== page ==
From the Editor-in-Chief
Why do some people develop cancer while others do not?
by By William G. Nelson, MD, PhD
Executive Editor Kevin McLaughlin highlights stories from the Summer 2015 issue of 'Cancer Today.'
by By Kevin McLaughlin
There Goes the Neighborhood | Cost of Breast Cancer Treatment Affects Adherence | Cancer Treatment Can Reactivate Hepatitis B | First Biosimilar Drug Approved in U.S. | A Clearer Picture of Prostate Cancer | Summing Up Sunscreen
Your Cancer Guide
Create a list of guiding principles that allow you to shake off the small stuff.
by Hester Hill Schnipper
Caregiving With Confidence
You can't fix cancer, but you can make a difference.
by Marc Silver
Ductal carcinoma in situ is the fourth most common cancer diagnosis in women. Some say it's not "really" cancer. But you wouldn't know that based on how it is treated.
by Sue Rochman
Since P.J. Lukac's glioblastoma diagnosis, the young pediatrician has worked hard to spread awareness and understanding of the disease.
by Stephen Ornes
Yesterday & Today
Ventriloquist Shari Lewis and her sidekick, a white wool puppet named Lamb Chop, won the hearts of generations of children who tuned in to her television shows.
by Jocelyn Selim
Expensive treatments can leave patients with a mountain of debt. Resources are available to help.
by Bara Vaida
Young adults undergoing cancer treatment who may want to have children should talk with their doctors about ways to preserve their fertility.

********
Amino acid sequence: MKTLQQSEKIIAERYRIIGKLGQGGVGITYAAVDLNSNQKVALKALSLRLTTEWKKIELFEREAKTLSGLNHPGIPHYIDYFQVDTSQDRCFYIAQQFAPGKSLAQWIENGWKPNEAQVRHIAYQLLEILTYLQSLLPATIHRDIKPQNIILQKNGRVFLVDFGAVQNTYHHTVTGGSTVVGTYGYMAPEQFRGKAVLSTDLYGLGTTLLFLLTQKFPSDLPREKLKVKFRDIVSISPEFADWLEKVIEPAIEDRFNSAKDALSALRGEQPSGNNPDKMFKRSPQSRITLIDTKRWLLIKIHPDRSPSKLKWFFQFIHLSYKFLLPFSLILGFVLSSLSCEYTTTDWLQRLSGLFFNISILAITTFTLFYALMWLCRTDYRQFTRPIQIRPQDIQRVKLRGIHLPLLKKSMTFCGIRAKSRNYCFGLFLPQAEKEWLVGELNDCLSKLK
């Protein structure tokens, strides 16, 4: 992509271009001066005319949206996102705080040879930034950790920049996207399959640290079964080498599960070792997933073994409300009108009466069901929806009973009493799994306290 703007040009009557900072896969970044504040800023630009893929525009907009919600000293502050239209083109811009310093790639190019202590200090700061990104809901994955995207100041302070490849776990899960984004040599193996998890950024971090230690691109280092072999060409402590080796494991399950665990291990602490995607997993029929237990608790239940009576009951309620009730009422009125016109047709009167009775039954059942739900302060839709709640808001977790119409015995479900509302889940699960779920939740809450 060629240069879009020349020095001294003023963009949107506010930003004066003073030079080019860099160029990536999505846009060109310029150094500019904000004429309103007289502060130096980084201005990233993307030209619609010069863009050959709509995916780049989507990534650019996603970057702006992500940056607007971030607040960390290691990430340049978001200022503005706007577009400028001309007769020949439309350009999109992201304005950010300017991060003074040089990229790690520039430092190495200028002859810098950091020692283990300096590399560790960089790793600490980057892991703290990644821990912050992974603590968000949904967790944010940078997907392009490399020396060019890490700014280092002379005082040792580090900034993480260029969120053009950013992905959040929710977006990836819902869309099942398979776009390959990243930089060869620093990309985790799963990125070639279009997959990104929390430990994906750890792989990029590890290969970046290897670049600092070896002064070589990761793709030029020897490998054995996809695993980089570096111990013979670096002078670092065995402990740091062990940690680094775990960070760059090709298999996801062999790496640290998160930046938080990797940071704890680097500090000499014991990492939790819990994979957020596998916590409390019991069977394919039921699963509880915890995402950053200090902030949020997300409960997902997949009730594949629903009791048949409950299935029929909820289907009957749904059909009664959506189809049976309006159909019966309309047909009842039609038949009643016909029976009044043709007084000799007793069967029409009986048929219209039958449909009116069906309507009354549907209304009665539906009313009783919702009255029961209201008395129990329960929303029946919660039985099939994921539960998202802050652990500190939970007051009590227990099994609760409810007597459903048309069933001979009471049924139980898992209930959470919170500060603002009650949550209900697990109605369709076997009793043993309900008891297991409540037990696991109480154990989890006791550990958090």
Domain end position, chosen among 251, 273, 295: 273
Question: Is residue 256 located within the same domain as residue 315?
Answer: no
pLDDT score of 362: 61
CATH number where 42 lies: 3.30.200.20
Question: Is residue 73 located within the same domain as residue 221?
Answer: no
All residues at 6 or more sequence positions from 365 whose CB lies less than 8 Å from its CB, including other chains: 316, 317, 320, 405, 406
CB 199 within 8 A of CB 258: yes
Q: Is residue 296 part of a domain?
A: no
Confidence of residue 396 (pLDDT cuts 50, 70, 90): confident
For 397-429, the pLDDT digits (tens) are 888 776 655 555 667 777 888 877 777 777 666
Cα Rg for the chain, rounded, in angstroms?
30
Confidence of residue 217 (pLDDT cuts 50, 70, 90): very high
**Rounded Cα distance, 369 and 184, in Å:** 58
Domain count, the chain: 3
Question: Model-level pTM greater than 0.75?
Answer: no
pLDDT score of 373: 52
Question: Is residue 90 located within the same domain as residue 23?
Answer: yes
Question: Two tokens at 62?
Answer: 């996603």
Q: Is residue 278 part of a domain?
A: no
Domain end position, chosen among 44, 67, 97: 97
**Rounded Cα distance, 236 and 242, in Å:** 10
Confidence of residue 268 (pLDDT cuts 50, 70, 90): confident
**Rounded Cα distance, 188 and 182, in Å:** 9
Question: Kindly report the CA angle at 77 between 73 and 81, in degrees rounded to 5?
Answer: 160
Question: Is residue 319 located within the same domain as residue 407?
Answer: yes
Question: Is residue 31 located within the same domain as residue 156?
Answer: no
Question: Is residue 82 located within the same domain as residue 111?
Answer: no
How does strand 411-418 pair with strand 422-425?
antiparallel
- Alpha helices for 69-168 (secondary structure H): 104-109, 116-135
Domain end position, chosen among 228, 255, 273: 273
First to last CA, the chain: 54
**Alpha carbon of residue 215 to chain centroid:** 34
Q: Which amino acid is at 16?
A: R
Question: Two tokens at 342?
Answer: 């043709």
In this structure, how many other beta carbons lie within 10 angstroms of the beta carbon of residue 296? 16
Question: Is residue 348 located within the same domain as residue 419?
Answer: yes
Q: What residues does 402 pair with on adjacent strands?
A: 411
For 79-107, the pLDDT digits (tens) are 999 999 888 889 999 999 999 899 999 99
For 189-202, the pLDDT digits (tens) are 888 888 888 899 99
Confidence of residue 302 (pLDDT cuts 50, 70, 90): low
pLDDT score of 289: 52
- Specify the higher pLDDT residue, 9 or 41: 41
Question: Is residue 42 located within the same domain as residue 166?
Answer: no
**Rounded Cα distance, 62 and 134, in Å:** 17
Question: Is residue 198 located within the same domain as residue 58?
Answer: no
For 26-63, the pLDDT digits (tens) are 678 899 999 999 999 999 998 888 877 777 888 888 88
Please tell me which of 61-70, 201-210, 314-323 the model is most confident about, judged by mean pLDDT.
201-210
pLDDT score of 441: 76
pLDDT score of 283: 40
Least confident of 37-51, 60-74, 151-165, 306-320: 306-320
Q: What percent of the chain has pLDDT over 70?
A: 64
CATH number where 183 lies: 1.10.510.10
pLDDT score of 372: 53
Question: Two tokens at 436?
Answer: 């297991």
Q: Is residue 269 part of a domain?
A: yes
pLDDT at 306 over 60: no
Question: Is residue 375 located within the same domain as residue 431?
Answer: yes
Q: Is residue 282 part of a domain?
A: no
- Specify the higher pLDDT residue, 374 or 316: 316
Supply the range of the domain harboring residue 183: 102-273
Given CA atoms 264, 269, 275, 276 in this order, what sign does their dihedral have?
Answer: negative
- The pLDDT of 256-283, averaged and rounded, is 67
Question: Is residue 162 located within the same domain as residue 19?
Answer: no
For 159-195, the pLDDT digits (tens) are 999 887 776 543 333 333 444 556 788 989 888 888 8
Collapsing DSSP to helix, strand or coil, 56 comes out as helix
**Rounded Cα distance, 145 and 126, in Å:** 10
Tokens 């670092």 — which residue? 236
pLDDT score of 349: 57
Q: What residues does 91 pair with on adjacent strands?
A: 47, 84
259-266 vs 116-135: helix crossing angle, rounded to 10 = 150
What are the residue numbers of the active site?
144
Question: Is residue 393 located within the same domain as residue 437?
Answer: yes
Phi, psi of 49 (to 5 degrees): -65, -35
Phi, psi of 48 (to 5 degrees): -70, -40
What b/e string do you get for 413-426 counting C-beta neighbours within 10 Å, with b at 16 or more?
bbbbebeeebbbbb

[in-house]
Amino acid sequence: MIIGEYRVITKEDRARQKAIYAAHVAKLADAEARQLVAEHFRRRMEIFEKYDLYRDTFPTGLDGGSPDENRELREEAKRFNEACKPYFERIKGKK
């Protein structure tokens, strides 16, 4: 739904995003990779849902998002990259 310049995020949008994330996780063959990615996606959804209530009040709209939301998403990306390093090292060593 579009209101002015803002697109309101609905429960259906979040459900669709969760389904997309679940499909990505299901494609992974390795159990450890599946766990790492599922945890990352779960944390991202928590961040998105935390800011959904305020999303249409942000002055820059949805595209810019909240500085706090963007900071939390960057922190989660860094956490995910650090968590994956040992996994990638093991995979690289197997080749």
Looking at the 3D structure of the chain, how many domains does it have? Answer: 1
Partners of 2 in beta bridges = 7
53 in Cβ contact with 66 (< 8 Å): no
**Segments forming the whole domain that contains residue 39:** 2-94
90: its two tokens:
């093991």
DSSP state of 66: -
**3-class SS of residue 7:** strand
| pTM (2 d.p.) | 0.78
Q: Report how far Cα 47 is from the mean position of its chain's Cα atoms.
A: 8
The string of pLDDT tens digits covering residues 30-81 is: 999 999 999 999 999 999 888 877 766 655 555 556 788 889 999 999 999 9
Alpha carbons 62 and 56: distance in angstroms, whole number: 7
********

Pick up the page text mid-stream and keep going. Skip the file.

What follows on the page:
by Marci A. Landsmann
Reaping the Benefits | Sleep Solution?
Researcher David J. Hauser discusses how war metaphors may make people less likely to engage in preventive behaviors.
by Sharlene George
Moving beyond active cancer treatment, dealing with cancer-related anger, and managing the effects of neuropathy
Cancer survivor starts organization that hosts free group fitness events for survivors, patients and caregivers.
by Rebecca Hanlon
Beverly McKee, Charlie Haygood, Patricia Fernandes.
A study investigates how people who have been diagnosed with cancer feel about being called survivors.
by Jen Tota McGivney
Broadening clinical trial eligibility criteria to include cancer patients who also have other health conditions could increase trial enrollment.
by Ashley P. Taylor
A study investigates whether a commonly used clinical trial endpoint, progression-free survival, can be used to predict quality of life.
by Jon Kelvey
A new vaccine is safe for cancer patients but hard to find.
by Nancy Averett
In the past few decades, most of the progress that has been made against cervical cancer has been in the areas of prevention and early detection.
The U.S. Food and Drug Administration rounded out 2018 with three oncology approvals.
What are the side effects of immune checkpoint inhibitors and how do they arise?
Bob Riter: The Bridge Builder
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